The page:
Help us reinvent zoning in Somerville.
We’re rewriting the new Somerville Zoning Ordinance from the ground up. We need your feedback to make sure it reflects our community values and is the most clear, predictable, and user-friendly zoning ordinance in America.
Today, I am proud to announce that our open government movement has finally reached the Somerville Zoning Ordinance. For four decades, we have been cleaning up and reforming the way our local government runs. Yet an outdated zoning code has continued to exclude our residents from meaningful participation in land use and development issues. That dynamic changes today.
We know what we want zoning to achieve: conservation of our great residential neighborhoods, enhancement of our funky squares and commercial main streets, and transformation of industrial areas into new human-scaled neighborhoods. This is what the grassroots-created SomerVision Comprehensive Plan calls for.
With community input, we’re rewriting the new zoning ordinance from the ground up, to be transparent and predictable. It uses everyday language, so our residents and businesspersons can understand what they (and their neighbors) can and can’t do. It includes hundreds of pictures, since most people are visual learners. It relies on measurable standards, so that everyone knows what to expect ahead of time.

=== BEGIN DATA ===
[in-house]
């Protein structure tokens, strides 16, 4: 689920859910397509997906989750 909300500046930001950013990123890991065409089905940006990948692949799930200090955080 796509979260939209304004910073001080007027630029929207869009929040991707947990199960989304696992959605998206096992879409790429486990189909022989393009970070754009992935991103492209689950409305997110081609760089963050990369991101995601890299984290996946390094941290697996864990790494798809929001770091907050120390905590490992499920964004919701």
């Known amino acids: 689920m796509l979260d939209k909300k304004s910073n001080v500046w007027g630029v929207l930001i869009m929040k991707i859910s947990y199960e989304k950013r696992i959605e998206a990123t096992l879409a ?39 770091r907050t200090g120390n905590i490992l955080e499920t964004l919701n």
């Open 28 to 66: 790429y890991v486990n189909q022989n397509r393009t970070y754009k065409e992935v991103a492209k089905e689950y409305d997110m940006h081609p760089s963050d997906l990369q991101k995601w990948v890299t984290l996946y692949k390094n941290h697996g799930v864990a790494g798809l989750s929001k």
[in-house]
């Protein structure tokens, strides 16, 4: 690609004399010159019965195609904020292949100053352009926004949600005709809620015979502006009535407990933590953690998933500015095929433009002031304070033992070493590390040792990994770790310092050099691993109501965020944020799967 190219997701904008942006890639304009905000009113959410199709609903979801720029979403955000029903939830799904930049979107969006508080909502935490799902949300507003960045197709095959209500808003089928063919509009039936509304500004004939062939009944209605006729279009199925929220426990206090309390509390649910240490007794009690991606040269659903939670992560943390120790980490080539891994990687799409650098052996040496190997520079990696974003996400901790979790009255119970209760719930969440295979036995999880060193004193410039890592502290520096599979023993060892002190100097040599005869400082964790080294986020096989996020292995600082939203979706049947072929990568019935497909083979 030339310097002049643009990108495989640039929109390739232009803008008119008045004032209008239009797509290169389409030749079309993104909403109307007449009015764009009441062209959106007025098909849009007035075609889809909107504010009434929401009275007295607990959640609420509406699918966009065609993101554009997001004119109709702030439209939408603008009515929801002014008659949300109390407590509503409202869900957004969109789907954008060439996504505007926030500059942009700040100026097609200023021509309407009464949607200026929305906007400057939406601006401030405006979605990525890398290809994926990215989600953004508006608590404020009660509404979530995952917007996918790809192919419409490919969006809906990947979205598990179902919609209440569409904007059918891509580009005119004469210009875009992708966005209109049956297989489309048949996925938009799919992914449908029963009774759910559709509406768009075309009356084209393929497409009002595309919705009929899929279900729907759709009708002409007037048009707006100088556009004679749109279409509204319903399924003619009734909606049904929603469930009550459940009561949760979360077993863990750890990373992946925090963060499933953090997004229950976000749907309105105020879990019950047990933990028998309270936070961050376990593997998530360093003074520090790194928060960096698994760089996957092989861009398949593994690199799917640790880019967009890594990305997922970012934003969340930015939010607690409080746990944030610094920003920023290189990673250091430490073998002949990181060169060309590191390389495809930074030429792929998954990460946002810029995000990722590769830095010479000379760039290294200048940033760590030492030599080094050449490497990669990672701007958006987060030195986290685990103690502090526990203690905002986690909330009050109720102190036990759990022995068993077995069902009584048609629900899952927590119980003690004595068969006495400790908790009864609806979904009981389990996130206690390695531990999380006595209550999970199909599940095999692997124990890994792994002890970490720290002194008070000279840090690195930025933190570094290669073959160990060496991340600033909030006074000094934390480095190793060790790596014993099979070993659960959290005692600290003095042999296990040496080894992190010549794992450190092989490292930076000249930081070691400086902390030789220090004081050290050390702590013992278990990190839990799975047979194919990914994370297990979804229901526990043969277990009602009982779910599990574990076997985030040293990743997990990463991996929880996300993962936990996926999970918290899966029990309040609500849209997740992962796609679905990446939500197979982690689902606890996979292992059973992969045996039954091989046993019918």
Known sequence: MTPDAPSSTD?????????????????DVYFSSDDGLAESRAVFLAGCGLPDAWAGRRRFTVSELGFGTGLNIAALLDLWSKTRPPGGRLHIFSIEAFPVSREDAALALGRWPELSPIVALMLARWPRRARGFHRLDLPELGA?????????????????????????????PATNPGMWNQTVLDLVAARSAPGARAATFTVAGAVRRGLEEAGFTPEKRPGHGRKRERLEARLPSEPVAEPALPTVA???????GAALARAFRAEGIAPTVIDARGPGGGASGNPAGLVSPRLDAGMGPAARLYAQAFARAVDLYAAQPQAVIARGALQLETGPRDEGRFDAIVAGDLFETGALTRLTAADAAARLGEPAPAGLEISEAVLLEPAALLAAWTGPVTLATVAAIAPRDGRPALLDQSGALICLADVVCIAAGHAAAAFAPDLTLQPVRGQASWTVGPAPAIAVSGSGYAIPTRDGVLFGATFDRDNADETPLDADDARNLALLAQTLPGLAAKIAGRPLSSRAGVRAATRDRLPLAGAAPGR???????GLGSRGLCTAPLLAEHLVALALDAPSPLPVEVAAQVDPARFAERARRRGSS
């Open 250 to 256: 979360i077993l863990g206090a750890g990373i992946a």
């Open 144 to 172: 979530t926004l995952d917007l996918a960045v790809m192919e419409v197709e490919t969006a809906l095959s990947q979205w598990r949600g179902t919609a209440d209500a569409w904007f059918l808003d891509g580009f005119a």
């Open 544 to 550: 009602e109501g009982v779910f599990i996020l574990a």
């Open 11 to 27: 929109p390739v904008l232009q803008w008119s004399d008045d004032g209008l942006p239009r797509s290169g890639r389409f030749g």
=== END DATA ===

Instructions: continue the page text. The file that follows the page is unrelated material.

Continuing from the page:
In the spirit of open government and innovation, we are “Crowd-Sourcing” public comment on the new ordinance. I invite you to browse the draft using the convenient OpenComment app, where you can make and share comments, questions, and concerns. This draft document has been two years in the making, with more than 50 public meetings so far. Even so, we need your ideas to make sure this is the most clear, predictable and user-friendly zoning ordinance in America. After all, this is Somerville.
We want to create a climate of trust, confidence and respect between the government and the people.
The goal is to make Somerville the best neighborhood city in Massachusetts.
Our residential neighborhoods protected from over-development, and our businesses allowed to grow.”